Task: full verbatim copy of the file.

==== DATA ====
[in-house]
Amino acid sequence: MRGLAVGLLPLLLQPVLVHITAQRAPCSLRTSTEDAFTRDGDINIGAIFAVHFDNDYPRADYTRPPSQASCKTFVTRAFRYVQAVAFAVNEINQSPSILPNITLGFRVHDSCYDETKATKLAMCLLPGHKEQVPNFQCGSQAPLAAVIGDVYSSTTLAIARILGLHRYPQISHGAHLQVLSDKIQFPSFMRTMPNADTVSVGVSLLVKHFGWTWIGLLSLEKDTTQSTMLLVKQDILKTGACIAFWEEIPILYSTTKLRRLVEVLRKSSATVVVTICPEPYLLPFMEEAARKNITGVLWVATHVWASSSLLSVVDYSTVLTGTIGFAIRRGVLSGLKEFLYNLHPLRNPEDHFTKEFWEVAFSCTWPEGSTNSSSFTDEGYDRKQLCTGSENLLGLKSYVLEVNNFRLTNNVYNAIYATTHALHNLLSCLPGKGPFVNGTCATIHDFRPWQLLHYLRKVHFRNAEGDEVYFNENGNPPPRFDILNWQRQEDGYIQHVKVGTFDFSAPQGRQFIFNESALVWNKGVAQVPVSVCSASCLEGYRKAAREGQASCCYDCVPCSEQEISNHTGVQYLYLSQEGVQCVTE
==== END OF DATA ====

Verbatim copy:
[in-house]
Amino acid sequence: MRGLAVGLLPLLLQPVLVHITAQRAPCSLRTSTEDAFTRDGDINIGAIFAVHFDNDYPRADYTRPPSQASCKTFVTRAFRYVQAVAFAVNEINQSPSILPNITLGFRVHDSCYDETKATKLAMCLLPGHKEQVPNFQCGSQAPLAAVIGDVYSSTTLAIARILGLHRYPQISHGAHLQVLSDKIQFPSFMRTMPNADTVSVGVSLLVKHFGWTWIGLLSLEKDTTQSTMLLVKQDILKTGACIAFWEEIPILYSTTKLRRLVEVLRKSSATVVVTICPEPYLLPFMEEAARKNITGVLWVATHVWASSSLLSVVDYSTVLTGTIGFAIRRGVLSGLKEFLYNLHPLRNPEDHFTKEFWEVAFSCTWPEGSTNSSSFTDEGYDRKQLCTGSENLLGLKSYVLEVNNFRLTNNVYNAIYATTHALHNLLSCLPGKGPFVNGTCATIHDFRPWQLLHYLRKVHFRNAEGDEVYFNENGNPPPRFDILNWQRQEDGYIQHVKVGTFDFSAPQGRQFIFNESALVWNKGVAQVPVSVCSASCLEGYRKAAREGQASCCYDCVPCSEQEISNHTGVQYLYLSQEGVQCVTE